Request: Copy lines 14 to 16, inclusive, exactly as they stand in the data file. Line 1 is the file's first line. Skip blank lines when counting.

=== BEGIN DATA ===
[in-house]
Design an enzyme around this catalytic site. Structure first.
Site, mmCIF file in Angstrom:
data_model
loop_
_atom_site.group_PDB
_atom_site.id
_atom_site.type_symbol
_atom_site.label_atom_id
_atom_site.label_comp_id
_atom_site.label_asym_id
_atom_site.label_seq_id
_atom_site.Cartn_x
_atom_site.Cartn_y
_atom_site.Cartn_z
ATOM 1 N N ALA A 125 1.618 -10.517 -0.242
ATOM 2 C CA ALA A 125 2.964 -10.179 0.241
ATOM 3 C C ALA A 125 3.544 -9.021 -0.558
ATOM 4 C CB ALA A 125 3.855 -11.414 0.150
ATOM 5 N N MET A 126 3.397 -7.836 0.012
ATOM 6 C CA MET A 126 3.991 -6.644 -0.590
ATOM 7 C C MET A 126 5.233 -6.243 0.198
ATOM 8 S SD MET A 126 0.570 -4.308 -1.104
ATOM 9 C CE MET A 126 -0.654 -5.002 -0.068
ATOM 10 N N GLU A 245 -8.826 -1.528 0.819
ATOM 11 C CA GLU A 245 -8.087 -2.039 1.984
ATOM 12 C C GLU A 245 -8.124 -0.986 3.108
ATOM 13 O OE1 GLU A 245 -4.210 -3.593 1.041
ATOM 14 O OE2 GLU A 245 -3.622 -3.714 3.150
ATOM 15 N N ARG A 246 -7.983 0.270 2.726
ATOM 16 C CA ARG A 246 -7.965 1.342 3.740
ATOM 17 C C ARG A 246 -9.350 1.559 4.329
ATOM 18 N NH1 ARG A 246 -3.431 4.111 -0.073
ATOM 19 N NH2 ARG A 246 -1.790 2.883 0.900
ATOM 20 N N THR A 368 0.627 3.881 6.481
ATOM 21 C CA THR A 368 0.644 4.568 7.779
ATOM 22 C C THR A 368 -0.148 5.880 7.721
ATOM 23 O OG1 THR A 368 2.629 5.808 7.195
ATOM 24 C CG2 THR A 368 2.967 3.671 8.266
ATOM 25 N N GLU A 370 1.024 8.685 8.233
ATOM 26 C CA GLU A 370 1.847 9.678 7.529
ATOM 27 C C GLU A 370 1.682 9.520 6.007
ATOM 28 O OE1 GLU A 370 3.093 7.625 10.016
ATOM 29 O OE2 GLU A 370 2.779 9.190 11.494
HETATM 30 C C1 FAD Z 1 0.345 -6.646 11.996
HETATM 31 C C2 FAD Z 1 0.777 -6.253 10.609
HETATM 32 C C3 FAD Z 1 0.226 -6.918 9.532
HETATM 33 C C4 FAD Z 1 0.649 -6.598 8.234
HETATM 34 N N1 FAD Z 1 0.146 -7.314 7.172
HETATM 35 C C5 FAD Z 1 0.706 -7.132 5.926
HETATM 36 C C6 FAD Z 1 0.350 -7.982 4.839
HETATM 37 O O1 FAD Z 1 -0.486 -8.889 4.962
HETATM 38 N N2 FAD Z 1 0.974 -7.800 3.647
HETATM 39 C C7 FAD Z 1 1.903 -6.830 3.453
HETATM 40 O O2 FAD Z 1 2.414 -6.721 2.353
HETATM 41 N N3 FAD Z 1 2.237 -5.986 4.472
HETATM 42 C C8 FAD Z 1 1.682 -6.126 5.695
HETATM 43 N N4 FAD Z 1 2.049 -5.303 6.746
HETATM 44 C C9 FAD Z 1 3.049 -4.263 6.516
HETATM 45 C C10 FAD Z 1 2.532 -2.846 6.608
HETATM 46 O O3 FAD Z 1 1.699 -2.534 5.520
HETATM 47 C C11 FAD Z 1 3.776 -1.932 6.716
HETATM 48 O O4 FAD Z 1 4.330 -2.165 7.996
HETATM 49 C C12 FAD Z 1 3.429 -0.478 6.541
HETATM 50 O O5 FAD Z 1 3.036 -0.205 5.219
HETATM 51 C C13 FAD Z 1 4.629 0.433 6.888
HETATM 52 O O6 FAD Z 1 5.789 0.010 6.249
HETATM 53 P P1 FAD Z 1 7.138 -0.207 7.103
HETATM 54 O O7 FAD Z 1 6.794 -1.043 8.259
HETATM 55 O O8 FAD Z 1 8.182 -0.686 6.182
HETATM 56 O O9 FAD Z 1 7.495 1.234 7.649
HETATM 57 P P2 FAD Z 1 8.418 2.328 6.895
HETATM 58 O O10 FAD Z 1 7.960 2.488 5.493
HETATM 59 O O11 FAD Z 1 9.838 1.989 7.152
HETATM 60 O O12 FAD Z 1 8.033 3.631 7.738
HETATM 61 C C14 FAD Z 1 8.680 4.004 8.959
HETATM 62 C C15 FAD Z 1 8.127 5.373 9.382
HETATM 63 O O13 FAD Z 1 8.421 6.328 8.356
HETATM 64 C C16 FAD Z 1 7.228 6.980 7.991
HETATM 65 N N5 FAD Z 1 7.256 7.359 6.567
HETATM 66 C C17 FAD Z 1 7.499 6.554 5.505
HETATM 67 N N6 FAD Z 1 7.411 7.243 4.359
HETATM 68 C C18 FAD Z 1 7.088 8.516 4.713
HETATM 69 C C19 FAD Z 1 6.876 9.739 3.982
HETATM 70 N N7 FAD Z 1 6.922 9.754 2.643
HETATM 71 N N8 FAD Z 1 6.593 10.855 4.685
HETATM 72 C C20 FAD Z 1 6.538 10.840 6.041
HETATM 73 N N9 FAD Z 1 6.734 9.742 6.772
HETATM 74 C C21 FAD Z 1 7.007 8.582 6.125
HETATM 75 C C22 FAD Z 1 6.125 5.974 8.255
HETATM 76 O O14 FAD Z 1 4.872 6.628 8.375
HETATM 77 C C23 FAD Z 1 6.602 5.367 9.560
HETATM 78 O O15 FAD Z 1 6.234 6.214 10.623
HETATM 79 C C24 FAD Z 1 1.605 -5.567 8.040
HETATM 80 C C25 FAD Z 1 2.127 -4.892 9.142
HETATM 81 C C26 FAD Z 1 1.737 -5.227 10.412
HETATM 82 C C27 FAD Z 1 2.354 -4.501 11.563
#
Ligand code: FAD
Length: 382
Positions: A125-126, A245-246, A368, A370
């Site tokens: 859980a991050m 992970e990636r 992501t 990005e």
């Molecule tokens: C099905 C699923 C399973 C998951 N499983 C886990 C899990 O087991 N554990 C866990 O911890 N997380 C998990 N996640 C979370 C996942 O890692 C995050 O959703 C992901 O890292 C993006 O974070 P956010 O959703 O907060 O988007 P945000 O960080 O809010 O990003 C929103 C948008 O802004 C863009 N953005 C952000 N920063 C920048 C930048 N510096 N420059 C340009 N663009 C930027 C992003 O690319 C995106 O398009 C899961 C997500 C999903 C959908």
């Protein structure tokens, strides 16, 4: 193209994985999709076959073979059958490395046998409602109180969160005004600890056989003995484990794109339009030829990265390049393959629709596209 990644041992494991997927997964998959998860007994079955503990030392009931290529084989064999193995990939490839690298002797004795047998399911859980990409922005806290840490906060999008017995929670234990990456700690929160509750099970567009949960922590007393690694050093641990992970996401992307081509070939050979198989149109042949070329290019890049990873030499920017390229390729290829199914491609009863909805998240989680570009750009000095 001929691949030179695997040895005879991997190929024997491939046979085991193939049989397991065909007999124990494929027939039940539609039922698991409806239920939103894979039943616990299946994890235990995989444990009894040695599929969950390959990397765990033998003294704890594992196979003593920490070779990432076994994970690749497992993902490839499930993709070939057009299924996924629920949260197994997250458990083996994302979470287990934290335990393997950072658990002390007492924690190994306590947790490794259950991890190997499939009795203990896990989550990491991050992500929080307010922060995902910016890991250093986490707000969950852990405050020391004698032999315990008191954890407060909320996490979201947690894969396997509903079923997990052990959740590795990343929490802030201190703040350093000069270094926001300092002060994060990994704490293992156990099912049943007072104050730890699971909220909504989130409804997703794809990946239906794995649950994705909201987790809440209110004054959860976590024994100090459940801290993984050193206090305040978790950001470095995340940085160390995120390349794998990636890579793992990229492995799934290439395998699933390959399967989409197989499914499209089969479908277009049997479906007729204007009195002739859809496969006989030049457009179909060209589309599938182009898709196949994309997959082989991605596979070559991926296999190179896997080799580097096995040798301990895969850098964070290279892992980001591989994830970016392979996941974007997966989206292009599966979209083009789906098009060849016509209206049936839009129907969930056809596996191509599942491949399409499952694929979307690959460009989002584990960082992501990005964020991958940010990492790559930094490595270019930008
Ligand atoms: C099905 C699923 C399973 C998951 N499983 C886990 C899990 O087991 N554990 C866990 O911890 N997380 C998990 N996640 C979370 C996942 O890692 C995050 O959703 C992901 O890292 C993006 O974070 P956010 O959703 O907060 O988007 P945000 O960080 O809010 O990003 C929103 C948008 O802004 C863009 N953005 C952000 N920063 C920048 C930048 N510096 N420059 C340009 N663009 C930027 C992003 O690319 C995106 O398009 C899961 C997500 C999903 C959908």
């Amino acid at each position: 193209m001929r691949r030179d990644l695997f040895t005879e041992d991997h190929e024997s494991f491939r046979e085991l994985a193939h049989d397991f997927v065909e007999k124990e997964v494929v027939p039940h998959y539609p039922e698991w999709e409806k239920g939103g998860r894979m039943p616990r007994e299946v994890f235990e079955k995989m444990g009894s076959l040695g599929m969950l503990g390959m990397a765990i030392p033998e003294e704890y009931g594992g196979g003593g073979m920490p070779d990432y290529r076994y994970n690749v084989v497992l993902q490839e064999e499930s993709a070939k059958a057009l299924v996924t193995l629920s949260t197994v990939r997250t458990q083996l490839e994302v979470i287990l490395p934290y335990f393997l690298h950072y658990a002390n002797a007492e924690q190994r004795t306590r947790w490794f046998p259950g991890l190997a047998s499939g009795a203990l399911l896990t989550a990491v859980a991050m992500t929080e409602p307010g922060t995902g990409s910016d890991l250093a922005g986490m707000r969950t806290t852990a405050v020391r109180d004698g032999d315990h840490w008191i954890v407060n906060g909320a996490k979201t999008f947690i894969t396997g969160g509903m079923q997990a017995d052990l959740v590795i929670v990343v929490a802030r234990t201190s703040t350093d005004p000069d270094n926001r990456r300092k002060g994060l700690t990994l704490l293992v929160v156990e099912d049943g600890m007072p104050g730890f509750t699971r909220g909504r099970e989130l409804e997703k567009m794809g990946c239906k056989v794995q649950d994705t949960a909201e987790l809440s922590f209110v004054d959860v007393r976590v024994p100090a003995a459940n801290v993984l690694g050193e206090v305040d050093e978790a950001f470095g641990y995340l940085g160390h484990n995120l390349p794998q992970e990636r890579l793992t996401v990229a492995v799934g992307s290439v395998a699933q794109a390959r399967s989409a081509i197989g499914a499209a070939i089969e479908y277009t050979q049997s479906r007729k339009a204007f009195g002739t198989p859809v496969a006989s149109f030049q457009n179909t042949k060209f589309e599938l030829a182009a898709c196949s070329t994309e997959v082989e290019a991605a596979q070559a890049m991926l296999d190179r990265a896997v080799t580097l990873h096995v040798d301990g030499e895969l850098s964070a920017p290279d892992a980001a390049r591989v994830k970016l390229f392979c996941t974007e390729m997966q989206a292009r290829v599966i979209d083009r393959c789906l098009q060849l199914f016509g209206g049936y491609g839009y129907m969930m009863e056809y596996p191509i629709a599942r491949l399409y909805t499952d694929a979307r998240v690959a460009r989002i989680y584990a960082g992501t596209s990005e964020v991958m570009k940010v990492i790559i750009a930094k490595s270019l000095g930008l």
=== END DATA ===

_atom_site.Cartn_y
_atom_site.Cartn_z
ATOM 1 N N ALA A 125 1.618 -10.517 -0.242